The average American consumes about 50 percent more salt than recommended, and decreasing its use could prevent 100,000 deaths a year from heart disease and strokes, according to the report today by the nonprofit Institute of Medicine.
Voluntary efforts by the food industry and government health officials have failed to curtail salt use by U.S. consumers, the report said. The vast majority of sodium comes from packaged food and restaurant meals. A serving of Ruby Tuesday Inc.’s southwestern quesadillas contains 150 percent of the recommended daily sodium total and a blueberry scone from Panera Bread Co. contains a third of the daily sodium allotment, according to information posted on the restaurants’ Web sites.
“For 40 years we have known about the relationship between sodium and the development of hypertension and other life threatening diseases, but we have had virtually no success in cutting back the salt in our diets,” said the report.
“We certainly haven’t made a decision at this point to regulate sodium levels in food,” Meghan Scott, a spokeswoman for the FDA, said today in a telephone interview. “Given the risk of these levels, nothing is off the table.”
The Washington Post said earlier today that the FDA planned this year to introduce guidelines that would lead to the first legal limits on salt. Scott said that article “went significantly farther than anyone in the agency or the industry is so far.”
A statement released by the agency later today said that the FDA “is not currently working on regulations nor have they made a decision to regulate sodium content in foods at this time.”
Congress asked the Institute of Medicine in 2008 to recommend strategies for reducing sodium intake in Americans’ diets. The Washington-based institute is part of the National Academy of Science, a nonprofit organization that acts as an adviser to the federal government.
Two lawmakers who chair committees that oversee the food industry and the FDA said they would push the agency to start limiting salt.
“The FDA should set national standards for sodium content in food,” Representative Rosa DeLauro said today on a conference call with reporters. DeLauro, a Connecticut Democrat, heads the House Appropriations subcommittee with jurisdiction over the FDA and agriculture programs. Food producers can’t be counted on to reduce sodium on their own, she said. “Self- regulation doesn’t work,” DeLauro said.
Senate health committee chairman Tom Harkin, an Iowa Democrat, said he was “delighted” by the possibility of having the FDA regulate sodium content in foods. Harkin’s Senate committee has jurisdiction over the FDA.
“This is something I’ve advocated a long, long time,” Harkin said today in an interview. He intends to hold hearings on possible FDA actions, he said in a telephone news conference later in the day. “I do want to look at why it would take so long. I know you can’t do it overnight,” Harkin said.
PepsiCo Inc. (PEP), the world’s largest snack-food maker, has been working to reduce sodium in its products for “a long time,” spokesman Dave DeCecco said in an e-mail today. The Purchase, New York-based company last month said it planned to reduce the average amount of sodium in some global food brands by 25 percent by 2015.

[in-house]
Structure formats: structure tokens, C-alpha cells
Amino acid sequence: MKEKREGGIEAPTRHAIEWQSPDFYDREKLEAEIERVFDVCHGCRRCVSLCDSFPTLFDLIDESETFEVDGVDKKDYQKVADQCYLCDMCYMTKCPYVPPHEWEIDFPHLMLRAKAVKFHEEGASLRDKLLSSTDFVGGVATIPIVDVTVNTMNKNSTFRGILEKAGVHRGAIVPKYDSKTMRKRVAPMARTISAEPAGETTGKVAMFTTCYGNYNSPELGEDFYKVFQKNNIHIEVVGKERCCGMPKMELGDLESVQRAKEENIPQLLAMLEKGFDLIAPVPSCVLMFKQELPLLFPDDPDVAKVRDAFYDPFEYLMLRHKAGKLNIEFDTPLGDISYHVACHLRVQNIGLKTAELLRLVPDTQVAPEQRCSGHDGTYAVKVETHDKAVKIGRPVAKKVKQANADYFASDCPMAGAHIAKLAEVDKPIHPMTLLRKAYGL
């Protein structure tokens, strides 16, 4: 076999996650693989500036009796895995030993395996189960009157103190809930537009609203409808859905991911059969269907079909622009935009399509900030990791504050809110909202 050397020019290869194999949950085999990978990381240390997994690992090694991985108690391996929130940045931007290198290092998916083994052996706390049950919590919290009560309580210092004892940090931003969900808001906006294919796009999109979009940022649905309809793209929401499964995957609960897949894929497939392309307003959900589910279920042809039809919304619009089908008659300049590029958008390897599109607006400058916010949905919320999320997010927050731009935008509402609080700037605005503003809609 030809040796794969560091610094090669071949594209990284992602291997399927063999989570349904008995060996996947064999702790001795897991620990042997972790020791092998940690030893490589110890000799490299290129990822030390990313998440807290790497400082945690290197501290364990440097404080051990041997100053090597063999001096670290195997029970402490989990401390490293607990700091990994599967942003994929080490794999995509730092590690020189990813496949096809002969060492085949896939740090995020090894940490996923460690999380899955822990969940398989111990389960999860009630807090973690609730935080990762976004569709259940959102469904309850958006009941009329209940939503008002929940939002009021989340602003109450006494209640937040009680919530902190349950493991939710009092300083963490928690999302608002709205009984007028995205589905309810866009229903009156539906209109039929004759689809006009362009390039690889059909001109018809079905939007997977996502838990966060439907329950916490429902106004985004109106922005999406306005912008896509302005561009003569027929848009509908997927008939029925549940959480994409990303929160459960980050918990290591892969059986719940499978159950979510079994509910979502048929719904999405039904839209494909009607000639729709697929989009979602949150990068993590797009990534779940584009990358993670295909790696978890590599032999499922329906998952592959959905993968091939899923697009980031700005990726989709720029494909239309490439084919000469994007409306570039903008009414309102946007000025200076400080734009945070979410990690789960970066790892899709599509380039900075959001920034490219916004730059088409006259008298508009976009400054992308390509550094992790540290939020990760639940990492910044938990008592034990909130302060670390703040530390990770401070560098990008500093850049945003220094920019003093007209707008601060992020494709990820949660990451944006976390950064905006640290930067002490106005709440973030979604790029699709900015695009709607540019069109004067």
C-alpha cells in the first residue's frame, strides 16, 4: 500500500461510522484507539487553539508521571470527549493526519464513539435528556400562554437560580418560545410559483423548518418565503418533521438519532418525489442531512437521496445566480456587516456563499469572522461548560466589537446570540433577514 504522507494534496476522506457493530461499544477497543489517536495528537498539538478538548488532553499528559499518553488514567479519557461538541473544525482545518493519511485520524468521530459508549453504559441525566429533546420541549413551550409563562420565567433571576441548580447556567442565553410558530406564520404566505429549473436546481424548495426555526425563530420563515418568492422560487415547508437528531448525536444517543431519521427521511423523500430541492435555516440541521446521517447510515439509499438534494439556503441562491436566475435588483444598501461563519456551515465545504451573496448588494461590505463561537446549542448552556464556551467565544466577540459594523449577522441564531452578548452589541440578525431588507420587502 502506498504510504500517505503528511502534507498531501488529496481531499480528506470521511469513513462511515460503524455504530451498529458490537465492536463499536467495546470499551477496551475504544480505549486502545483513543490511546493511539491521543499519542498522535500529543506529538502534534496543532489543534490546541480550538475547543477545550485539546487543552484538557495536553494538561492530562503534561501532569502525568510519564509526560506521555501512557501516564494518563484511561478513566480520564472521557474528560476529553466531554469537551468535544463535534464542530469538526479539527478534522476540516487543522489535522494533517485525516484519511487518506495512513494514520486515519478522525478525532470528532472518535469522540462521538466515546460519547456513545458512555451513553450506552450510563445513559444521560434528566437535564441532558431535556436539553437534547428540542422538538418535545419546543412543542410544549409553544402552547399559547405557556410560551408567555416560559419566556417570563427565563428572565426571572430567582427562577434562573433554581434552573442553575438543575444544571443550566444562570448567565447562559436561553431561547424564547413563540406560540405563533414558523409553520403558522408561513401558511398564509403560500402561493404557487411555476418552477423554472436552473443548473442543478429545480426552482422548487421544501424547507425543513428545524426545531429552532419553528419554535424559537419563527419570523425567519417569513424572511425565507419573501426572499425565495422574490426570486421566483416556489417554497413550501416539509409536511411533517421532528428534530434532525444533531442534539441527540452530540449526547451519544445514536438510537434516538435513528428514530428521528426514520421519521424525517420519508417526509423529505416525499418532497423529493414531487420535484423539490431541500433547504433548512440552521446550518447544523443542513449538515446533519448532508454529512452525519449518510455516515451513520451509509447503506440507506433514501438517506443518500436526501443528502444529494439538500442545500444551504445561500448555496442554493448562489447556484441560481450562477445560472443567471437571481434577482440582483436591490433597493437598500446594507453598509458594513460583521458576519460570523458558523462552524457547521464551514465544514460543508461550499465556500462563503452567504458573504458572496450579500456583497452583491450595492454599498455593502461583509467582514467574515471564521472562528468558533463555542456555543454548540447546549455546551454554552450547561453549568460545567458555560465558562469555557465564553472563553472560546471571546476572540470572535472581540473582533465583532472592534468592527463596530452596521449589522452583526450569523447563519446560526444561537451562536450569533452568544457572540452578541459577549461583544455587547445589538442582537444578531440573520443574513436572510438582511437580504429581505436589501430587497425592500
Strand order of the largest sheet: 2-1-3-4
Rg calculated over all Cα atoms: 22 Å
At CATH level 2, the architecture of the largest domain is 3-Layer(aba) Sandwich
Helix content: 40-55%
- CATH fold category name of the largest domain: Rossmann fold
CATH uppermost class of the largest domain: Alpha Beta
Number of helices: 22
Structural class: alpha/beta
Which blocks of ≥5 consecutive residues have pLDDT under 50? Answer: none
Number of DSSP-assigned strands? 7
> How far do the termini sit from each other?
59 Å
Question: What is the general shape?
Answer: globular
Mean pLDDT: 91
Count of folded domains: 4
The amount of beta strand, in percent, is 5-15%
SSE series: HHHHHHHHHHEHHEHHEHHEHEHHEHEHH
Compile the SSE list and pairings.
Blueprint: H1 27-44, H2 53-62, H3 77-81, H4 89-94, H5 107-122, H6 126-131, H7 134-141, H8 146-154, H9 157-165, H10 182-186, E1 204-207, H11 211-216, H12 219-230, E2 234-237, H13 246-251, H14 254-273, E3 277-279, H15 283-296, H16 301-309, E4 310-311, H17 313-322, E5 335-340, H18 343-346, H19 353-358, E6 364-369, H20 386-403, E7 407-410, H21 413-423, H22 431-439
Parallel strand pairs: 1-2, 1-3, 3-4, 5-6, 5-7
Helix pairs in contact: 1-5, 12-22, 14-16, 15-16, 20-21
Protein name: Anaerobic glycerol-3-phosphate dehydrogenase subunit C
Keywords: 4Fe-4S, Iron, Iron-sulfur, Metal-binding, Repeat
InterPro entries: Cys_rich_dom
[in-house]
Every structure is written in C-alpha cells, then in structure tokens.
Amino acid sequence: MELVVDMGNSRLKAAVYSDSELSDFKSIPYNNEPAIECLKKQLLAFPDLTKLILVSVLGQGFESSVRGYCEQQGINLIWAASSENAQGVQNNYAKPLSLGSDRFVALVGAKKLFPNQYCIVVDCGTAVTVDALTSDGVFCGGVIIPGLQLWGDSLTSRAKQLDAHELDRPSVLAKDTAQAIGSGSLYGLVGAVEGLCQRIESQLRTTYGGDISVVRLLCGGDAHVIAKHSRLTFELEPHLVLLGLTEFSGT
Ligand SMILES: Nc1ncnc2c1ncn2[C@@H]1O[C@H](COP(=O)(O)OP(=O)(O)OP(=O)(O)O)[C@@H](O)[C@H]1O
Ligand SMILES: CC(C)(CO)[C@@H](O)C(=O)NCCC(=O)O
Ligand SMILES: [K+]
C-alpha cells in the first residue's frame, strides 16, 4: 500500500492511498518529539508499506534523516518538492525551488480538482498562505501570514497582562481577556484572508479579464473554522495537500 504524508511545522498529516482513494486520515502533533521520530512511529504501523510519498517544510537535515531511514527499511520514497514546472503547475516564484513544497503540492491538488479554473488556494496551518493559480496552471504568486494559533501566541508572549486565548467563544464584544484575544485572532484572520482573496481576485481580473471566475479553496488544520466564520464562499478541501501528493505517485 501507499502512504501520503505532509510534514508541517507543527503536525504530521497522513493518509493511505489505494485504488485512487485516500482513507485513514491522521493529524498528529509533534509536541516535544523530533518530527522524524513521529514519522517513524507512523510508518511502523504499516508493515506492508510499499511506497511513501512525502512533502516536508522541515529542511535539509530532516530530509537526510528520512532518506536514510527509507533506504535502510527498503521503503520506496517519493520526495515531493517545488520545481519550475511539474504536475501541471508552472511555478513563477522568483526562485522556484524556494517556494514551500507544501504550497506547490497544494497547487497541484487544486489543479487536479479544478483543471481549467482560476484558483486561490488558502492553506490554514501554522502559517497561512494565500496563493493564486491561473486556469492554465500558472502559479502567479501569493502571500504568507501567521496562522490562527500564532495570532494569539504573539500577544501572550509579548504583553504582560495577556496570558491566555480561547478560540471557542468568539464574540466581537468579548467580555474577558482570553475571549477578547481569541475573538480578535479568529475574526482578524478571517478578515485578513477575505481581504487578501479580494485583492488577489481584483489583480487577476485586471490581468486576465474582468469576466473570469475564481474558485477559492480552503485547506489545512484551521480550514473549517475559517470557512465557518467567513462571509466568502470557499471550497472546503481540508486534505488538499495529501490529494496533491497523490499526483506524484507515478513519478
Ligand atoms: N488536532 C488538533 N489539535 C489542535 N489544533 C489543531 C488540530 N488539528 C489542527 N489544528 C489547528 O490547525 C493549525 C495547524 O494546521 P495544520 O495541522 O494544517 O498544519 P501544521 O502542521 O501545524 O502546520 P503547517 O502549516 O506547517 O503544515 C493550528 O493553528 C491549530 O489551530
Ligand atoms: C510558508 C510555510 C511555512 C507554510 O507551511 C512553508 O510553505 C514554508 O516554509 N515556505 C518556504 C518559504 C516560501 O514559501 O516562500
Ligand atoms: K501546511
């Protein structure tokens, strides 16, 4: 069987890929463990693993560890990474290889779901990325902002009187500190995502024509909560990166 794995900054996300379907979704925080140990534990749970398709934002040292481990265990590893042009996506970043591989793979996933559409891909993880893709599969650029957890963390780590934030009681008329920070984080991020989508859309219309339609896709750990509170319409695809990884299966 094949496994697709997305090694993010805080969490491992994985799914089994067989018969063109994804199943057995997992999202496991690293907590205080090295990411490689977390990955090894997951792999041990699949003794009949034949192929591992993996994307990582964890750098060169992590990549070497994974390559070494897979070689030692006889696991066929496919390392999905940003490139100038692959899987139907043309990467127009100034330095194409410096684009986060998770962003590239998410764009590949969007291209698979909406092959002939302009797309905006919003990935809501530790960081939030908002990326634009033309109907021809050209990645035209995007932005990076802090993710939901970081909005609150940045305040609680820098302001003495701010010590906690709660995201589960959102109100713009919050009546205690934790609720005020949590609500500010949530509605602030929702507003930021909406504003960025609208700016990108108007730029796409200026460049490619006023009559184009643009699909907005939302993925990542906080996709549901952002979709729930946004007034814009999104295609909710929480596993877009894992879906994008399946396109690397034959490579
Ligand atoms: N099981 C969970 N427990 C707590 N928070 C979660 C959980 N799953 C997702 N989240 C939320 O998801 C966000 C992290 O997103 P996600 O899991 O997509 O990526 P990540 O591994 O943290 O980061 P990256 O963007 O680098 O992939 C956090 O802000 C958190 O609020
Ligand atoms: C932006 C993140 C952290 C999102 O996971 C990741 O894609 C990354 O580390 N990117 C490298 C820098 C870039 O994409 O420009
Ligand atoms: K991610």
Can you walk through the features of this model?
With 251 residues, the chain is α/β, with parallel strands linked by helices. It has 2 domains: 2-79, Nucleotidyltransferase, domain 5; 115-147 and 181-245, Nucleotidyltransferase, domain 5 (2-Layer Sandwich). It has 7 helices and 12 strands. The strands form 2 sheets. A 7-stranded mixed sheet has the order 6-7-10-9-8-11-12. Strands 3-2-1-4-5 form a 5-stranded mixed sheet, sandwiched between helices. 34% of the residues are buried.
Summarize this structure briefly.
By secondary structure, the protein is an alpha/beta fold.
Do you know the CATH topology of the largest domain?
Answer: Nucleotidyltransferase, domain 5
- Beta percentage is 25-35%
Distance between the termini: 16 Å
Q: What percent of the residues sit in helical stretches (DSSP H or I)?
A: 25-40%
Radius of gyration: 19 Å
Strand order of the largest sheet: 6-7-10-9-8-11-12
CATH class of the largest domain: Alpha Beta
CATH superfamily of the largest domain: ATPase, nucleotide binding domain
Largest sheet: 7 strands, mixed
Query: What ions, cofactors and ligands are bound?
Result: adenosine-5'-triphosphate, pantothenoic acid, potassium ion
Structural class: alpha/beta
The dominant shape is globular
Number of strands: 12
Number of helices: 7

Kraft Foods Inc. (KFT) said last month that it plans to reduce sodium in more than 1,000 products by an average of 10 percent over the next two years for North American brands including Oscar Mayer and Velveeta.
ConAgra Foods Inc. (CAG), the maker of Healthy Choice frozen dinners and Hunt’s ketchup, said in October it would cut a fifth of the salt in its products by 2015 as it tries to meet consumer demand for healthier food. “We applaud the IOM’s focus on sodium reduction, and we will continue the work we began many years ago to reduce sodium in our food,” ConAgra spokeswoman Teresa Paulsen said in an e-mail.
Campbell Soup Co. (CPB), based in Camden, New Jersey, said it will work on helping gradual lower sodium levels while still appealing to consumer tastes. “As the government looks at recommendations for gradual sodium reduction, hopefully Campbell can share our insight on the challenges of making great-tasting, lower-sodium foods that people want to eat,” Debra Demuth, Campbell’s vice president for global nutrition & health, said in a statement today.
McDonald’s Corp. said it was still waiting to see details of the report. “Regarding the discussion on sodium, we continue to engage experts to learn more about sodium and its effects on health and food safety,” Becca Hary, a spokeswoman for McDonald’s Corp. (MCD), said in an e-mail. McDonald’s is based in Oak Brook, Illinois.
“This is an urgent public health problem but because we are confounded by factors of taste and the acceptability of the food supply to consumers, we came to the conclusion that the only way to do this is through a gradual step down,” said Jane Henney, a former FDA commissioner and chairwoman of the IOM panel that wrote the report. “This will take years to bring the intake level down, not weeks or even months.”
Americans should consume about one teaspoon daily though they eat about 50 percent more than that, Henney said.
A reduction in salt could save “as many as 100,000 lives annually and billions of dollars,” said Henney. “That’s why we urge the FDA to move expeditiously even though we know the process will take a long time.”
“If the reductions are done correctly” the public will not even notice because it will get used to the taste of food with less salt, Henney said.
To contact the editor responsible for this story: Reg Gale in New York at firstname.lastname@example.org